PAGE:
Borderstan: You’ve covered everything from City Council rumor mongering to who was downing pints at the Irish Times to gentrification and development fights to budget issues. With such a large beat, what stories have been the most rewarding to report? The ones that surprised you most (either that people wanted to know about it, or what the reporting uncovered)?
Mathis: I think I’ll object to being accused of rumor mongering! But to answer what I think is your question, my favorite stories are almost always the inevitable battles that emerge from the ground level of communities and neighborhoods. The passion that’s involved in conflicts between neighbors just can’t compare to the tired political squabbles that come out of Congress.
One of my favorite stories from my time at TBD was about a small wooden locker that had been cemented into the sidewalk on H Street NE, and that no one wanted to claim responsibility for. There were people who were up in arms about this weird little box.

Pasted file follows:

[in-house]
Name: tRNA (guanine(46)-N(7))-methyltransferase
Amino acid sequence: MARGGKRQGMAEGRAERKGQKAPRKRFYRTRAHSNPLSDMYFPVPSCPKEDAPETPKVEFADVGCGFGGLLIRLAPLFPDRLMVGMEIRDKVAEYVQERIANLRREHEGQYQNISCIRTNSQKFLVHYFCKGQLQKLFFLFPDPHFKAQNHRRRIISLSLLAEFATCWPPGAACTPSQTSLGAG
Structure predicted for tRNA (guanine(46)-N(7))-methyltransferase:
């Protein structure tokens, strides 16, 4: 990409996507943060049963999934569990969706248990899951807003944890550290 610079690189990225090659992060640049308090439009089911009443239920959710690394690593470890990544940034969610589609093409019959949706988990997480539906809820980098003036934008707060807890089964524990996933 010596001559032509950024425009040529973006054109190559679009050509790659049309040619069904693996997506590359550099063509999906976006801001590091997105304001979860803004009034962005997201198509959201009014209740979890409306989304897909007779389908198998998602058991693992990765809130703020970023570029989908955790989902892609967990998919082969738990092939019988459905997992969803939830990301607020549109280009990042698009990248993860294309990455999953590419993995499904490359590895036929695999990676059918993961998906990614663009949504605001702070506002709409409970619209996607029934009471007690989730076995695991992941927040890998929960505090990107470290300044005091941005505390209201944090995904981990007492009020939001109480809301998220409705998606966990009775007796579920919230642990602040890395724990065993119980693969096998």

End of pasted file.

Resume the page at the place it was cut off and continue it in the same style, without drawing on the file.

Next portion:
Borderstan: In all that time, you’ve probably encountered stories that made you want to go forget it all over a few pints. What are your picks for the best places in the city to get inspired for a story, shrug off a hard day or toast a new venture with friends? Where are the bars the rest of the journalists head to after work?
Mathis: I always seem to end up back at Fox & Hounds on 17th Street. The staff is awesome, the mixed drinks are strong and cheap, they have the best juke box in the city, and if you sit on the patio, the odds of seeing someone you know walk by are extremely high. Other crucial spots: Dodge City, especially now that their patio is open, and of course, the Black Cat’s Red Room. I also love The Pug on H Street NE. It feels like exactly what a bar should be.
Borderstan: Top 5 time! On Atlantic Cities, you do a feature called ‘Why I love my city’. Can you give us a Top 5 or Top 10 list on why you love DC?
Mathis: Compactness, smarts, transportation, beauty and energy.